The lights and shadows of virtual worlds and immersive realities

As part of the #MediaSmartOnline campaign, aiming to spotlight media literacy actions across Europe and running in cooperation with the network of Safer Internet Centres (SICs) and the Media & Learning Association (MLA) within the framework of the Better Internet for Kids (BIK) initiative, we are producing articles on a series of focus topics related to media literacy. This week, we’re diving into virtual worlds and immersive realitites.

Date 2024-03-26 Author BIK Team Section awareness Topic data privacy, gaming, media literacy/education, potentially harmful content Audience media specialist, parents and carers, research, policy and decision makers, teachers, educators and professionals
Visual identity of the MediaSmartOnline campaign featuring a VR headset

Some of the key technological innovations in recent years revolve around the development of virtual reality (VR), augmented reality (AR), and extended reality (XR) applications emerging in all sectors of society: from leisure and learning, to business and health. Virtual realities have become increasingly popular among all users, and especially children and young people.

The benefits and downsides of virtual worlds

Their increase in popularity is understandable: users find themselves in a 360-degree space where they are completely surrounded and deeply submerged in the action. The first possible applications that come to mind are obviously related to gaming and entertainment, but there is an increasing number of social VR and XR spaces used for socialisation. 

Clear, tangible benefits also stem from applying such immersive technologies in education – the possibilities in terms visualisations, interactivity, repeated practice and experimentation in real life-like conditions have the potential to deeply transform the educational process as we now conceive it.

Another positive example is the use of these technologies in VR exposure therapy, where patients can make full use of the unique immersive quality of VR to slowly and safely expose themselves to a particular fear, or to tackle a particular negative or traumatic experience.

Despite the many benefits of AI and virtual worlds, there can be downsides too. As a wide variety of users, including both adults and children, can use and mix freely in these immersive experiences, there is always the risk of having inappropriate actors in the virtual or immersive space. Known online risks such as inappropriate behaviour, pornographic content, sextortion, CSAM and CSEM, and even cyberbullying that normally apply to the online sphere, can easily be translated and transferred to the virtual reality.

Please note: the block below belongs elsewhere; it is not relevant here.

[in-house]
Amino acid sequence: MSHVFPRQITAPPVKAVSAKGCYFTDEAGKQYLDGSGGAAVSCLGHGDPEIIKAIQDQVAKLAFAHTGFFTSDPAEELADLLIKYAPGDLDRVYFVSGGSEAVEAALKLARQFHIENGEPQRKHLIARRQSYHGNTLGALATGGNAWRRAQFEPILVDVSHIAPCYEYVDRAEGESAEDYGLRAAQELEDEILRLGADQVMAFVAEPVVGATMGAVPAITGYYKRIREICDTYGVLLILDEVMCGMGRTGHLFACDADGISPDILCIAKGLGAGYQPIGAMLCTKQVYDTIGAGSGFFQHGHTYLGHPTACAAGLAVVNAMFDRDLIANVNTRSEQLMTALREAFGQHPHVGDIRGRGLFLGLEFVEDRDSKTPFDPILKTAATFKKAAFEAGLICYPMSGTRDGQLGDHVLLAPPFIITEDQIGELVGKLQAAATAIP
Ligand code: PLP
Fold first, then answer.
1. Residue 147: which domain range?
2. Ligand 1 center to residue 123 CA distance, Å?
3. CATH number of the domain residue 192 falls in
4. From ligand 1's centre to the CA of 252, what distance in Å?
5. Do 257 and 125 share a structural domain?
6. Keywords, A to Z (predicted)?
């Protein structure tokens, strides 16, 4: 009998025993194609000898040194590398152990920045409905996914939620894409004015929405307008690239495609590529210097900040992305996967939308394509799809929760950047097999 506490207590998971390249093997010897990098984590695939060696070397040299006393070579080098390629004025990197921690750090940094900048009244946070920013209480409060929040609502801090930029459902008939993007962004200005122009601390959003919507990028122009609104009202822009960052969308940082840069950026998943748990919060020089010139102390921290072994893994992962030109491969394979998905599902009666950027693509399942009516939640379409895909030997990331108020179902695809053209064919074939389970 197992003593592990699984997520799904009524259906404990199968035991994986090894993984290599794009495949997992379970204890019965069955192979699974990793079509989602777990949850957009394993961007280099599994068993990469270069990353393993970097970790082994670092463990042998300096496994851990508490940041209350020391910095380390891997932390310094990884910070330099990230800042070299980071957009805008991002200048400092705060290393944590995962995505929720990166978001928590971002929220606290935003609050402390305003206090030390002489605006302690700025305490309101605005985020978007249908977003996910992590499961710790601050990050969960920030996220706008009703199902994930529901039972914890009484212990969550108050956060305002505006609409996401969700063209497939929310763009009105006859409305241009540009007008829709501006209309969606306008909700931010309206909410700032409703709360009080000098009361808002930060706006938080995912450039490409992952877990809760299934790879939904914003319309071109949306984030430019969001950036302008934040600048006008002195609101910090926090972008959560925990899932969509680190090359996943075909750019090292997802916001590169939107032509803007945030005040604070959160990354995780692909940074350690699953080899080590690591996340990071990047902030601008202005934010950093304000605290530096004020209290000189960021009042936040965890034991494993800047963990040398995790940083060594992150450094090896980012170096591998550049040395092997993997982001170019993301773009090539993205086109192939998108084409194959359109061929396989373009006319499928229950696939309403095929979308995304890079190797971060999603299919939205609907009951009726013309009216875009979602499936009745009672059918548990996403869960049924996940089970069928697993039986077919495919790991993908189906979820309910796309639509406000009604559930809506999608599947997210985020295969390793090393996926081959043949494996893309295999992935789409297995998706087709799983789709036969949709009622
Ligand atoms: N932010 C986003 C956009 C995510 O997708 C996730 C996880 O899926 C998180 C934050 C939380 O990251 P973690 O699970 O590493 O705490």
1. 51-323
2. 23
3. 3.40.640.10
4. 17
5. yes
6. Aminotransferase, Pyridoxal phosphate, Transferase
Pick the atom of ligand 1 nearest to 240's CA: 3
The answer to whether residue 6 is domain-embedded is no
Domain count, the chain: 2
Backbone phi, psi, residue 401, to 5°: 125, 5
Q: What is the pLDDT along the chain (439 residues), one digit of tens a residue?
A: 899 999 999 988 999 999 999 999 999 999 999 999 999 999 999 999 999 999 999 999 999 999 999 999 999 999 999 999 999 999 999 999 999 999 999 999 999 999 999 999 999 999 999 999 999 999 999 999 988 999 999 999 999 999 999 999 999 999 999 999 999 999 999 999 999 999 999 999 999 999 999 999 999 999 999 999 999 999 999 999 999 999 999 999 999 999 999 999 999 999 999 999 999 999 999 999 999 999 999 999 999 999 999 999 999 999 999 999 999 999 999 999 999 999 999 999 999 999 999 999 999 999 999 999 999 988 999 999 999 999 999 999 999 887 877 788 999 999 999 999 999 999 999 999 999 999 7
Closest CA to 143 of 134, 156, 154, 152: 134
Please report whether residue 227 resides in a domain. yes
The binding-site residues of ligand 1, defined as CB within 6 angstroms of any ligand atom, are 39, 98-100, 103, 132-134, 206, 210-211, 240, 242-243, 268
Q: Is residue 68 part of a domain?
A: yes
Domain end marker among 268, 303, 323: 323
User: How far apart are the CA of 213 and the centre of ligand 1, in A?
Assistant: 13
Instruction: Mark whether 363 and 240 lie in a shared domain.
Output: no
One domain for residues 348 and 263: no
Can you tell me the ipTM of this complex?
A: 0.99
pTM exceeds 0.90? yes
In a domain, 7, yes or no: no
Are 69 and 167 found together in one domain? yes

In addition, there is a growing concern that these same immersive properties may be used for manipulating users and amplifying misinformation and disinformation. The current information ecosystem has already shown to be a breeding ground for misinformation, with significant ramifications on society, democracy, and ultimately trust. The potential of immersive reality makes the risk for manipulative persuasion using misinformation more tangible and alarmin. Studies have shown that immersive realities can alter or shape attitudes and behaviours differently than non-immersive realities, due to the psychological impact of how users feel and experience them. You can find more information on the issue in this publication “Misinformation in Virtual Reality”.

Lastly, there are concerns about data protection too. A European Parliament briefing in 2022 noted that the special equipment needed to participate in the virtual worlds (e.g. VR headsets or glasses, AR headsets, etc.) and the fact that users access through avatars entails “the collection of massive amounts of data, including biometric data and data on the emotional responses of users…”. While many virtual worlds allow you to participate without special equipment, XR devices such as headsets will result in the collection of data, including biometric data.

We therefore need to learn the lessons from earlier technological advances and ensure that immersive realities are included in online safety conversations by policymakers, as well as tech companies, which need to keep safety in mind at the design stage, and respecting children’s rights online. 

Where does the EU stand on virtual worlds?

Recognising these developments and the potential of virtual worlds, the European Commission adopted a strategy on Web 4.0 and virtual worlds in July 2023. The strategy aims to ensure an open, secure, trustworthy, fair and inclusive digital environment for EU citizens, businesses and public administrations, and recognised that virtual worlds “will impact the way people live together, bringing both opportunities and risks that need to be addressed”. Both a factsheet giving an overview of the strategy, and a factsheet on how to develop desirable and fair virtual worlds are available.

Furthermore, the European strategy for a better internet for kids published in May 2022 complements the previous piece of work. Known as the BIK+ strategy, it aims to improve age-appropriate digital services, and to ensure that every child is protected, empowered, and respected online. The strategy clearly recognises that techological changes such as AI, virtual, augmented and extended reality “will raise new social and ethical challenges”. 


Here at Better Internet for Kids (BIK), our mission is to ensure that children and young people have the best experience online. Within this framework, the European Safer Internet Centres provide a selection of information and resources on using virtual worlds here

Don’t miss out on the publication of the MediaSmartOnline campaign materials: check the campaign page regularly and follow the #MediaSmartOnline hashtag to see the campaign roll out on social media.

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